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Posted October 25, 2010 by Mike Mineo in Features
 
 

Warpaint for The Fool

I have no complaints about post-punk fetishism. If an artist justifies their attempts to replicate the dark, grumbling moodiness of bands like The Chameleons UK or Joy Division, then listeners are generally treated to polished songwriting that parallels styles arising from primitive psychedelic-rock. Post-punk, shoegaze, and indie-rock show frequent tributes to early forms of psychedelic-rock – like that of 13th Floor Elevators, The Beatles, and The Byrds – and often serve as a gateway for older listeners struggling to identify with modern indie-rock sensations in the vein of Phoenix or Vampire Weekend. Recent notables – like the post-punk of Twin Shadow, Tamaryn’s shoegaze, and Beach House’s mixture of both – find success among young and older listeners alike because their music offers some classic familiarities while staying faithful to the “indie-rock” tag that permits contemporary production techniques. An all-girl rock group from LA by the name of Warpaint looks to be joining that venerable list with their outstanding new album, The Fool.

The ethereal guitar tone fuzzy bass in the gripping “Undertow” resembles the spacey guitar work of artists like The Smashing Pumpkins or The Cure, particularly on respective albums like Siamese Dream or The Head on the Door. The increase in hi-hats around the 02:30 mark signals a snazzy twist, with the lethargic pacing of moody guitars transitioning to a quicker flurry of angular guitar chords. “Runnin’, runnin’, runnin’,” Emily Kokal repeats, “from the troubles.” The howl that complements the plea here is pretty spine-tingling, as is the percussively involved conclusion. Tracks like this and the fluttering arpeggio-led “Warpaint” remind me distinctively of Deerhunter, who produce an unrivaled blend of indie-rock and post-punk that does not confine itself to the stereotypes of either. Comparisons to Fleetwood Mac are not far off either.

The ambition of Deerhunter and Warpaint fit as well in alt-rock as they do in shoegaze or post-punk, and that is simply because both have an infinite grasp of psychedelic-rock concepts. The intricate layering of guitars, stop-start percussion patterns, and flashes of synth allow infectious hybrids to be bred that remain indebted to quality songwriting. The quality is enough to allow the existence of a subtle vocalist, who employs mood and pacing over ferocity and flexible pitch. It seems natural in a style like this, where the tonal resonation that houses the songwriting in question reigns supreme. This is one the main drawing points of The Fool, which certainly has something for everyone from the lush balladry of “Baby” to intricate rock efforts like the exceptional “Bees”.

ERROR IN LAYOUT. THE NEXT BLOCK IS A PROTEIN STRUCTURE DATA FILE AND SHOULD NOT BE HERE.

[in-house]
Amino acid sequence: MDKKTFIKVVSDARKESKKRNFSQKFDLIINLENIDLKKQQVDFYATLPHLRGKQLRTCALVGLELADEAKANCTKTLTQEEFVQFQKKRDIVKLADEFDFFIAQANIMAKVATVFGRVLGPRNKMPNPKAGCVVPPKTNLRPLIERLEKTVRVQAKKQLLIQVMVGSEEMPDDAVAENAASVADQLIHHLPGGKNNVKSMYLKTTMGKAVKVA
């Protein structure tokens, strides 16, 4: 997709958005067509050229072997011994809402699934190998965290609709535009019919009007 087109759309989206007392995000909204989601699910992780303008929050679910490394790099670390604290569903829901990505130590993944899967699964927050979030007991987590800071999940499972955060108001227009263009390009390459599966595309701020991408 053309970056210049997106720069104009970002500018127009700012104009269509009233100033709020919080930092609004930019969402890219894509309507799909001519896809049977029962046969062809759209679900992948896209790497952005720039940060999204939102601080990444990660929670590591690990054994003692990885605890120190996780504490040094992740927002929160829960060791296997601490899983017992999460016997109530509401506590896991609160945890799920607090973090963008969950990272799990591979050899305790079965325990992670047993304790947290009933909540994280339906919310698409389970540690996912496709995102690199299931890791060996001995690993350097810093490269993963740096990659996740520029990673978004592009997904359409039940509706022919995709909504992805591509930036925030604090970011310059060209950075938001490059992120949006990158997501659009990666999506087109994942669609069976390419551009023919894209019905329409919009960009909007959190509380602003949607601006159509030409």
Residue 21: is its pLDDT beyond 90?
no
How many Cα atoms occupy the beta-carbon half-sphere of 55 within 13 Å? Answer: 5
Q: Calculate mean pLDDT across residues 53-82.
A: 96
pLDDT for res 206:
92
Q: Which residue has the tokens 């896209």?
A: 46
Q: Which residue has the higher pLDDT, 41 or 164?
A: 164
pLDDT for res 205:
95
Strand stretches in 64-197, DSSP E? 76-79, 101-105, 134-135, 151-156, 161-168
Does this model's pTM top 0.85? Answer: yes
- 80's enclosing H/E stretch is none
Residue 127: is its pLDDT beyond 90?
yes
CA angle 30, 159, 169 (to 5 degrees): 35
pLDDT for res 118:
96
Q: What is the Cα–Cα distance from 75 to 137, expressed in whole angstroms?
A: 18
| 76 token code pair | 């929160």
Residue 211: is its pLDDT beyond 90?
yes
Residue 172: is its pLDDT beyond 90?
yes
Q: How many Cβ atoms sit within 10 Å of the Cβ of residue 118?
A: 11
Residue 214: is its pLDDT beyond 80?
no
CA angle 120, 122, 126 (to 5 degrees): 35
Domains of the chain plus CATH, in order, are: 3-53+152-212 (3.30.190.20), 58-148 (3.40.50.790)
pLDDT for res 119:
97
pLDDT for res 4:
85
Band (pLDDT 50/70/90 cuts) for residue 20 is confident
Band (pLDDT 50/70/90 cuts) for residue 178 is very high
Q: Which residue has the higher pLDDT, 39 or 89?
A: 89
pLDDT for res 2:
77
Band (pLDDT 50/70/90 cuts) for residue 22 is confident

“Bees” is an immediate standout on the album for its interesting percussion, which sets itself apart from the other efforts by opting for rhythm that sounds more sample-based than the organic presence of other efforts. This serves as a decoy though, and we see why during the chorus when a grumbling bass erupts over new drums that are more aligned with post-punk expectations, in being simplistic but aptly concise. A middle-eastern melodic theme is somewhat consistent throughout as well. The high-pitched guitar lick at the tail-end of each verse is reminiscent of the jangly guitar work of Sonic Youth and Yo La Tengo, two more influences that are clearly at play throughout The Fool. It is hard not to love the transition from high-pitched plucks to lower ones as the bass line becomes more boisterous over an eerie set of “dah-dah-dah”s from the variety of talented vocalists in Warpaint. There is alteration between Emily Kokal and Theresa Wayman on the vocal front, but it hardly matters on who it is since both show mastery and similar tonal recognition.

“Shadows”, one of Wayman’s vocal offerings, works with a phased acoustic guitar to usher in a ghostly serene form of indie-folk. A little trickle of piano signals the bass-led tremolo and drum-line percussion as Wayman’s vocals soar with vigor familiar to fans of Hope Sandoval. “The things you once told me, the thoughts you once gave me,” jump-starts an excellent chorus featuring grainy piano chords and subsequent percussion that shows outstanding pace as usual. Wayman’s hollers and yelps that conclude the latter part of this track is also notable, as is the balmy bridge that leads to a chaotically brilliant final 45 seconds.

Moments like this comprise the bulk of The Fool, which will certainly be one of the most talked-about albums of the year by its end. There is little stylistic innovation here, but the sheer charisma and innovation of the band is extremely present. Simply put, their songwriting is a homage to post-punk and shoegaze without containing stylistically superfluous aspects that artistic admirers of these genres often fall victim to. There is absolutely no filler to speak of on The Fool, which is as sharp as any rock album of 2010. It is an album that is going to get absolutely gushing reviews once it reaches a broader audience. A free preview of The Fool on Hype Machine this week will not hurt those chances at all. Check it out below:

RIYL: Deerhunter, The Cure, Smashing Pumpkins, Fleetwood Mac, Sonic Youth, Yo La Tengo, Sleater-Kinney, Twin Sister, Best Coast, Dum Dum Girls, Tamaryn, Beach House, Twin Shadow, Glasser, Blackbird Blackbird, Marissa Nadler, Beach Fossils, Zola Jesus 13th Floor Elevators, The Beatles, The Byrds

Warpaint – Bees

Warpaint – Undertow

Warpaint – Shadows

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Mike Mineo

 
I'm the founder/editor of Obscure Sound. I used to write for PopMatters and Stylus Magazine. Send your music to [email protected].